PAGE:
Has your business outgrown its current space? Are you considering moving to a more centralized location? Or will you launch your startup as soon as you find the perfect piece of Lancaster commercial real estate? Perhaps you plan to sell a piece of commercial property. Or maybe you want to purchase an investment property to use for rental income.
Regardless of your specific plan, a business real estate attorney can answer your commercial lease, title insurance, and real estate law questions.
At May, Herr & Grosh, we understand that any real estate transaction can be both exhilarating and stressful. However, with the support of a commercial real estate attorney with many years of experience in Lancaster County, you can make that next big buying or selling step with confidence.
Let’s start by answering some of the most commonly asked questions regarding commercial real estate transactions. And then, should you have further concerns, protect your interests with a call to our office.
A Commercial Real Estate Attorney Answers Your Questions
If you need a physical location to run your business—like an office, manufacturing facility, warehousing site, etc.—you’ll want to protect your interests before completing any sort of real estate transaction. A commercial real estate attorney can do that for you by reviewing contracts, drafting transaction documents, negotiating on your behalf, and ensuring that you know your rights. If you’re selling commercial property, that same commercial real estate attorney will educate you on seller disclosure requirements, so you’re protected against future litigation.
Commercial real estate clients often ask these questions:
What Is a Commercial Lease?
A commercial lease is an agreement that provides a tenant (the lessee) the business use of a property in exchange for payment of rent and other associated costs to the owner or property manager (the lessor). Terms can vary among commercial leases, and therefore, a commercial real estate attorney should review your particular agreement to ensure your interests are protected.
There are several common types of commercial leases:
- Gross Lease: Also known as a triple net lease, the lessee’s rent payment includes rent and all associated costs—like utilities, taxes, maintenance, insurance, etc.—at a flat rate. A Modified Gross Lease requires that the lessee pay rent, utilities, plus an agreed-upon portion of general operating costs for the property.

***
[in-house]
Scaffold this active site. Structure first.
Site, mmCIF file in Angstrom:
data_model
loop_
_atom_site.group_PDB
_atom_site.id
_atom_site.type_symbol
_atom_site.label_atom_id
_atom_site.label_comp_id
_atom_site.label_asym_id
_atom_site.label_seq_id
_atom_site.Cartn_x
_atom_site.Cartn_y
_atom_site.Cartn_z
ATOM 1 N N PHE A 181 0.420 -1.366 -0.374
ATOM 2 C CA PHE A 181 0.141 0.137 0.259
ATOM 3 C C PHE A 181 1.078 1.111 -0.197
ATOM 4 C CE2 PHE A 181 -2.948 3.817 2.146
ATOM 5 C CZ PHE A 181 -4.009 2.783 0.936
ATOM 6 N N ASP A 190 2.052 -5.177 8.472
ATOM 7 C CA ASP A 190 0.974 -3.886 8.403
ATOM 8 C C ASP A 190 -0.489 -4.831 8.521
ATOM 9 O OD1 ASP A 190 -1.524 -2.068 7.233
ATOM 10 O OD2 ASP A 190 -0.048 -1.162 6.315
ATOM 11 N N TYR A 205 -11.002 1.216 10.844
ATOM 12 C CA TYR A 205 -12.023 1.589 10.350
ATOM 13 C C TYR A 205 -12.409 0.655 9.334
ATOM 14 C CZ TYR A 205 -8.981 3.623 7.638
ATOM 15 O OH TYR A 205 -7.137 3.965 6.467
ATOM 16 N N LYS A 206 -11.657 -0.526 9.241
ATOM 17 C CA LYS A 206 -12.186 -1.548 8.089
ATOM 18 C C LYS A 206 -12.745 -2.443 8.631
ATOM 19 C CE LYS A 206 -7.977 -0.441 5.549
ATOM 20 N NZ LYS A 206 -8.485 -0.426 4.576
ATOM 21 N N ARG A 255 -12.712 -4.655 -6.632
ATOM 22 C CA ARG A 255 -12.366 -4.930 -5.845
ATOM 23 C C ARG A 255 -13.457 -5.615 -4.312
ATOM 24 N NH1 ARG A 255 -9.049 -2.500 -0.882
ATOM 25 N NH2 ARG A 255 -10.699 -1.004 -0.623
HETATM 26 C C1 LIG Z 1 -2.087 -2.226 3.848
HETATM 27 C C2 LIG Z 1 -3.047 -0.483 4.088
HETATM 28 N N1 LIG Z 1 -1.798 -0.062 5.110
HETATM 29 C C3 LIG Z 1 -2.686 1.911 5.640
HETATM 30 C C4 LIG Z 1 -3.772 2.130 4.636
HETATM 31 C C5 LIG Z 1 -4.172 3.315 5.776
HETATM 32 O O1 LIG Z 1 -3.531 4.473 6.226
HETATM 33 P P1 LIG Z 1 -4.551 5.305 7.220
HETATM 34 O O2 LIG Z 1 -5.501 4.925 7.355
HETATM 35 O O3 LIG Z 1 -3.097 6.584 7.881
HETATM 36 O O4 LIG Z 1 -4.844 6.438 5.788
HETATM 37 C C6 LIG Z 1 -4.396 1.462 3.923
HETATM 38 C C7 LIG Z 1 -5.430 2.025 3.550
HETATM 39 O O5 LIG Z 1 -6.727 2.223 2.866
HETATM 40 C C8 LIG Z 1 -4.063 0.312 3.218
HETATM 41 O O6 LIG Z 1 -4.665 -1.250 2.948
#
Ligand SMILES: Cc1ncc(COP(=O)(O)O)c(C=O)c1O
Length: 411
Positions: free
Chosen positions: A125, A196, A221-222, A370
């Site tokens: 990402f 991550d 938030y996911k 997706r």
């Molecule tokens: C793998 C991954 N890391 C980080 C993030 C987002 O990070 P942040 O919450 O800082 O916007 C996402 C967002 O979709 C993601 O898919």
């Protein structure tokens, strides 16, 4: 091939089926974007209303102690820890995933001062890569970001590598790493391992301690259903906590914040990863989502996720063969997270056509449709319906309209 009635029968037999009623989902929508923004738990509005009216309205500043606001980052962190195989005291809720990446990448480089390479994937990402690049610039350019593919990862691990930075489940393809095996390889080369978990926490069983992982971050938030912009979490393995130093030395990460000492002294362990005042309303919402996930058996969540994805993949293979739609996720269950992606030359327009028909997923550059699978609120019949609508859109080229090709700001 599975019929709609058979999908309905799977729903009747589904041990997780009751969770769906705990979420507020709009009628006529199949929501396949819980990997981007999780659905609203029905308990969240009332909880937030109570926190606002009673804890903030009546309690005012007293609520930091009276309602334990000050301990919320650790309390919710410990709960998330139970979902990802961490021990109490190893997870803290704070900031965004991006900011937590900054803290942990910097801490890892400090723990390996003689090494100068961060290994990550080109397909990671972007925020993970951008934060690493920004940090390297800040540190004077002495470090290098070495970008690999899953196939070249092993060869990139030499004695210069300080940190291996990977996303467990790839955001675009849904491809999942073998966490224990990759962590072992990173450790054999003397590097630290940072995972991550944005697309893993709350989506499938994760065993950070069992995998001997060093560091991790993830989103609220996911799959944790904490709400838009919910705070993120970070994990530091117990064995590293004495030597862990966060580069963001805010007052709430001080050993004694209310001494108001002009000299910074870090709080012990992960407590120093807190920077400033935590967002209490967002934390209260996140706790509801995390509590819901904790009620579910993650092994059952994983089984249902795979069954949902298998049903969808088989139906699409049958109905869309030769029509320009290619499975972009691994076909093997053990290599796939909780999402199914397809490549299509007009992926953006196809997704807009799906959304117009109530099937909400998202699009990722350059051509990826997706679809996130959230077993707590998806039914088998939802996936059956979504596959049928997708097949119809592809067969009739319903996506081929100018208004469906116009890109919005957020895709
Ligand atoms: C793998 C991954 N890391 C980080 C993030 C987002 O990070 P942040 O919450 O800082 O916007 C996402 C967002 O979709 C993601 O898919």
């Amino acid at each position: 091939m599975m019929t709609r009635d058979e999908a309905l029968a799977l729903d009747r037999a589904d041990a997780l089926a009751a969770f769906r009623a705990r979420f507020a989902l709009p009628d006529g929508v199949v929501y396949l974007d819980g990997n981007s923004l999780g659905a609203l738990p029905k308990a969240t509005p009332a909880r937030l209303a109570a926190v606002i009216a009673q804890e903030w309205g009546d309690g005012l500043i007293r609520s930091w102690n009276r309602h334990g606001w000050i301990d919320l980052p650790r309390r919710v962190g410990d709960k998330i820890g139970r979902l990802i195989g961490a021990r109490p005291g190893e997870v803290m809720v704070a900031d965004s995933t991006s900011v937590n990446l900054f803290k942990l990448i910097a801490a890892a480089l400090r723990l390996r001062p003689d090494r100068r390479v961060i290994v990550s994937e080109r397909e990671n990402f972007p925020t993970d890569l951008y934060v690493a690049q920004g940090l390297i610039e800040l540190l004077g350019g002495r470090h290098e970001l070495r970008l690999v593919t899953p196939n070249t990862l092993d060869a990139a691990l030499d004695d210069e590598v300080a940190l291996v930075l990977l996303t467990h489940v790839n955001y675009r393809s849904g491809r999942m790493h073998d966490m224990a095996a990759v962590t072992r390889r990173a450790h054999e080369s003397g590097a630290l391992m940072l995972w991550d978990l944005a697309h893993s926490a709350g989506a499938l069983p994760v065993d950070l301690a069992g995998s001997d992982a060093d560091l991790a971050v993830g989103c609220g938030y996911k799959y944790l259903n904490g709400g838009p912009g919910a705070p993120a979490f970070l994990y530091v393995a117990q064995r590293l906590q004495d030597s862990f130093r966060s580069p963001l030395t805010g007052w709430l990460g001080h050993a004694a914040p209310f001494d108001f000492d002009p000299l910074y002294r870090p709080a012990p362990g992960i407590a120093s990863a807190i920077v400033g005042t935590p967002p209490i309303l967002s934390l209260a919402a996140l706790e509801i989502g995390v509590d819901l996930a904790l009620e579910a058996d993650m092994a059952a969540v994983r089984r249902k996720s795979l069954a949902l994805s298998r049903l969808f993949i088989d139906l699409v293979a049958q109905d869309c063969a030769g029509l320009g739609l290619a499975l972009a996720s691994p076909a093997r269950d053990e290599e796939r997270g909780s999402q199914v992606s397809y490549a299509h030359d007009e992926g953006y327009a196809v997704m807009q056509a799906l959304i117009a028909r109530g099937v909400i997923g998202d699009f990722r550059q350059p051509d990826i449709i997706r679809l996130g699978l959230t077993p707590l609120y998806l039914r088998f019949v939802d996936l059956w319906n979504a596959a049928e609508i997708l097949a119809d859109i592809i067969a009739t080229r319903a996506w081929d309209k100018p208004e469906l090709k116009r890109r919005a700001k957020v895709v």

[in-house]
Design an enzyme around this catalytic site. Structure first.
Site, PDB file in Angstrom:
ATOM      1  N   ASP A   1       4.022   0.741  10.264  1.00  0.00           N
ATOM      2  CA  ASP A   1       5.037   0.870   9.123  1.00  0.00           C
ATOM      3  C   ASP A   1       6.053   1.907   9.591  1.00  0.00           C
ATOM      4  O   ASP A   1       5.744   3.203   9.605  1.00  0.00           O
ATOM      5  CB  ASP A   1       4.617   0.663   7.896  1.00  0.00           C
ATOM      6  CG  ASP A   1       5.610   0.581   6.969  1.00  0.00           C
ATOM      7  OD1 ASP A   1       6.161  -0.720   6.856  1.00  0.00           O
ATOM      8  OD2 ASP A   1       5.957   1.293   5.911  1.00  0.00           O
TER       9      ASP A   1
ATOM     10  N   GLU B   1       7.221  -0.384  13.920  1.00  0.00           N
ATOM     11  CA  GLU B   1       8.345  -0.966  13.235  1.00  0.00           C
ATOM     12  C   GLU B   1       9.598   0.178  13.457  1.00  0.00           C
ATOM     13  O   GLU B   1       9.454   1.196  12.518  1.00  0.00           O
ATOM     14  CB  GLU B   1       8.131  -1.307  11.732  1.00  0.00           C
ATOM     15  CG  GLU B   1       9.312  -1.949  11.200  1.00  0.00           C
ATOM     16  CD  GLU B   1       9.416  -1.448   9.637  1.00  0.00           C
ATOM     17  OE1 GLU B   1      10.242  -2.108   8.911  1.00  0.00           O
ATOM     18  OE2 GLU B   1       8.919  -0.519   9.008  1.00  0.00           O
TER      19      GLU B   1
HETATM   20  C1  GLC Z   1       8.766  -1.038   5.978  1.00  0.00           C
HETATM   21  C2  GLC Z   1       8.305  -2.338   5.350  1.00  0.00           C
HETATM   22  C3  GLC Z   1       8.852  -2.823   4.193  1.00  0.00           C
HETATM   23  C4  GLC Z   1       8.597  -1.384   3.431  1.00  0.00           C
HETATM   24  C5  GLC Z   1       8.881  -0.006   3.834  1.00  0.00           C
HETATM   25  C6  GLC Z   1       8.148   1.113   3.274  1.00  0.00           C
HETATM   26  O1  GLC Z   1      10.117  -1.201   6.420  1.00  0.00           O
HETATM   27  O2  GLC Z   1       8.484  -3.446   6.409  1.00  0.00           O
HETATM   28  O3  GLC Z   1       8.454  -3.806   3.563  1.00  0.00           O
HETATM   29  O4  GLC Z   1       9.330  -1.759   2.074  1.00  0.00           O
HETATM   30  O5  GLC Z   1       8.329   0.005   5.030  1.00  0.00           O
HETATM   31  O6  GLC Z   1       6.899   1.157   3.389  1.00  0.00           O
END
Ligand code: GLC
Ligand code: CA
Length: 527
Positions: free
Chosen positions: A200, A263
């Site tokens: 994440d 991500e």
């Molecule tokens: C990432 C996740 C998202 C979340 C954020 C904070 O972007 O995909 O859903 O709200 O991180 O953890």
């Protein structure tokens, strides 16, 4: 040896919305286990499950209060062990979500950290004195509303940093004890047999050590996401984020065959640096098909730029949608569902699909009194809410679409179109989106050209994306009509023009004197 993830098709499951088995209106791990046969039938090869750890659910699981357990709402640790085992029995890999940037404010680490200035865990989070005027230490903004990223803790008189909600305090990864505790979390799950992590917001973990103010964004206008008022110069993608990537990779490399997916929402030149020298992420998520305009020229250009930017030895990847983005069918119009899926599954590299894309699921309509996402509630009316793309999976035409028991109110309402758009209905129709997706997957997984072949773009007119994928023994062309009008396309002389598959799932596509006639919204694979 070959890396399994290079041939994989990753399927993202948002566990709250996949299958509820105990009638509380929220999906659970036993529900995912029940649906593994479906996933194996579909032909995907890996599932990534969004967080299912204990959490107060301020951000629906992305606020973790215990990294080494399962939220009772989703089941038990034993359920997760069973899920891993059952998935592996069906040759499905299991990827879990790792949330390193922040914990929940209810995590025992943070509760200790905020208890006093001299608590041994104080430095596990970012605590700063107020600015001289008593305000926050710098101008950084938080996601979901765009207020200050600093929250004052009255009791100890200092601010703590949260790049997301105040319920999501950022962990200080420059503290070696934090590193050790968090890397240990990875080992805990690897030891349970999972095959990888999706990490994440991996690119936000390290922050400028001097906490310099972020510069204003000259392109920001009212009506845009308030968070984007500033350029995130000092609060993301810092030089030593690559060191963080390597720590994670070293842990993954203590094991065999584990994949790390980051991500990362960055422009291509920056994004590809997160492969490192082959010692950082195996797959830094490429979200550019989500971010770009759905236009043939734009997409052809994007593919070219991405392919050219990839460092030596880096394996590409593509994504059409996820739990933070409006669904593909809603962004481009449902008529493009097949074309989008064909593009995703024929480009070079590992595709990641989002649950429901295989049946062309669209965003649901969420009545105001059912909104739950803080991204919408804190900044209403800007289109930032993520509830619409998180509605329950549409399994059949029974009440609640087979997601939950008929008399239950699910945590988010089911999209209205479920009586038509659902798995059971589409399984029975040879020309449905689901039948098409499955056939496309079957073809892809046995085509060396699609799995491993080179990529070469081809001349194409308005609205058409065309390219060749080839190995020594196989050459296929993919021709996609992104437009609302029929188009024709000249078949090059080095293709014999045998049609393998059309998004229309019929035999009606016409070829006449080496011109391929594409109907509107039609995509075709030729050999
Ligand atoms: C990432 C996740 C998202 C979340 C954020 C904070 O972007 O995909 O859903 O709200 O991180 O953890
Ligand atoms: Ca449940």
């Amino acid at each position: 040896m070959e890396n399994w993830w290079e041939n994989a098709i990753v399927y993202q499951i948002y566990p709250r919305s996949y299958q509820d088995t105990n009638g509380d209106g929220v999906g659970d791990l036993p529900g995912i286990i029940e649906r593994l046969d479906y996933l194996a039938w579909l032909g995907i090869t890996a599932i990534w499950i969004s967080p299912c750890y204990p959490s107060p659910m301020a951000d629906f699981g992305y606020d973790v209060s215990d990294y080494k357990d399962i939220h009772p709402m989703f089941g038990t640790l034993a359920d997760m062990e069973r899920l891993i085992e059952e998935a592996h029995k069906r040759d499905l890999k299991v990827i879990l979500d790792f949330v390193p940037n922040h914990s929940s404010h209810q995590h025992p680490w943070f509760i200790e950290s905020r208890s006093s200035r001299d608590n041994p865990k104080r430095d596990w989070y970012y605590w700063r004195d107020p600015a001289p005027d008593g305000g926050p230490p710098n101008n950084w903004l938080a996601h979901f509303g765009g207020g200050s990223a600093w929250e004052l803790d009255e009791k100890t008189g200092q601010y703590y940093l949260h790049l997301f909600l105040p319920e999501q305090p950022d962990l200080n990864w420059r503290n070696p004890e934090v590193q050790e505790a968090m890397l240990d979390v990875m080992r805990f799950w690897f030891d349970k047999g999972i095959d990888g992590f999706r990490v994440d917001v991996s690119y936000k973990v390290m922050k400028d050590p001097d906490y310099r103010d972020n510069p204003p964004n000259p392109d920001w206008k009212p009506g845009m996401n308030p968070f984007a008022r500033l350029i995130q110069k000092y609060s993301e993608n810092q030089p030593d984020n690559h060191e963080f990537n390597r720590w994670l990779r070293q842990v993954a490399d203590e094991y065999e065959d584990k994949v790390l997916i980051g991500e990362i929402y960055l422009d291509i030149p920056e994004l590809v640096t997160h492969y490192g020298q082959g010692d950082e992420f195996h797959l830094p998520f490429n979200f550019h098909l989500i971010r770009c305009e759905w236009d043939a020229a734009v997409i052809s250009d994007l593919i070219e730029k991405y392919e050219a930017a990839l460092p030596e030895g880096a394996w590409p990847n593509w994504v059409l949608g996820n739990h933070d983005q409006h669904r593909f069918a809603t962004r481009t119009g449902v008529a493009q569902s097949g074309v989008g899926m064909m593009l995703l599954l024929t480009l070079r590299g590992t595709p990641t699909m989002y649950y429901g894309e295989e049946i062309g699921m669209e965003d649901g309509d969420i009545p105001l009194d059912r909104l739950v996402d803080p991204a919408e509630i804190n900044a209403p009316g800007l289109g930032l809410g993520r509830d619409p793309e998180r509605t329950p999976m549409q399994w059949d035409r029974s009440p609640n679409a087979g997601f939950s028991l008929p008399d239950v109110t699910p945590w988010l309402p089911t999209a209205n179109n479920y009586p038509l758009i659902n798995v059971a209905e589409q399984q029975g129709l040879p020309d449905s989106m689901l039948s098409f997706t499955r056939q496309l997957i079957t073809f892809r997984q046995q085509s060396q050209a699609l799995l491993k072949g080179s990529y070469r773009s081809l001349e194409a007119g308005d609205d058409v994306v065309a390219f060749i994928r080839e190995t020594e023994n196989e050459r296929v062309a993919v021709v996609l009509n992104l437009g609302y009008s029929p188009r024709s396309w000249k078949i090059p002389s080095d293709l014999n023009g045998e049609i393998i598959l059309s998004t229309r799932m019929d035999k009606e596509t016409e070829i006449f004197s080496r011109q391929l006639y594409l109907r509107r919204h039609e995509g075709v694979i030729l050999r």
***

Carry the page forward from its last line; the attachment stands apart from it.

- Net Lease: A general commercial lease in which the actual rent payment is lower than that of a gross lease because it does not include costs that the tenant may be responsible for, like taxes, maintenance, utilities, and insurance.
- Percentage Lease: A type of commercial lease generally reserved for lessees operating a retail location, it requires payment of base rent plus an agreed-upon percentage of the retailer’s gross sales. This type of commercial lease appeals to retailers because their rent payments are proportionate to their business’s performance.
As a landlord, when you work with a Lancaster commercial real estate lawyer from May, Herr & Grosh, we can help you determine what type of lease will benefit you while being attractive to potential lessees. Or, if you are searching for a commercial property to lease, we can ensure that the lease you’re presented with is legally sound and matches your needs for using the property.
What Are the Pros and Cons Associated with Purchasing Commercial Real Estate?
For some business owners, holding the deed for the commercial building that houses their operations is a profitable investment. Others feel that renting will be more beneficial for their business.
When you own your commercial property, you can make expansions or renovations without approval—and the additional equity will be yours at the time of sale. However, your business is also solely responsible for covering all costs associated with repairs and maintenance to that building.
Renting commercial real estate also comes with advantages and disadvantages. You will most likely not be responsible for repairs and maintenance (depending on the terms of your lease agreement), but you will have to wait for your property manager to respond and resolve any issues. You will also be limited in terms of improvements to the facility.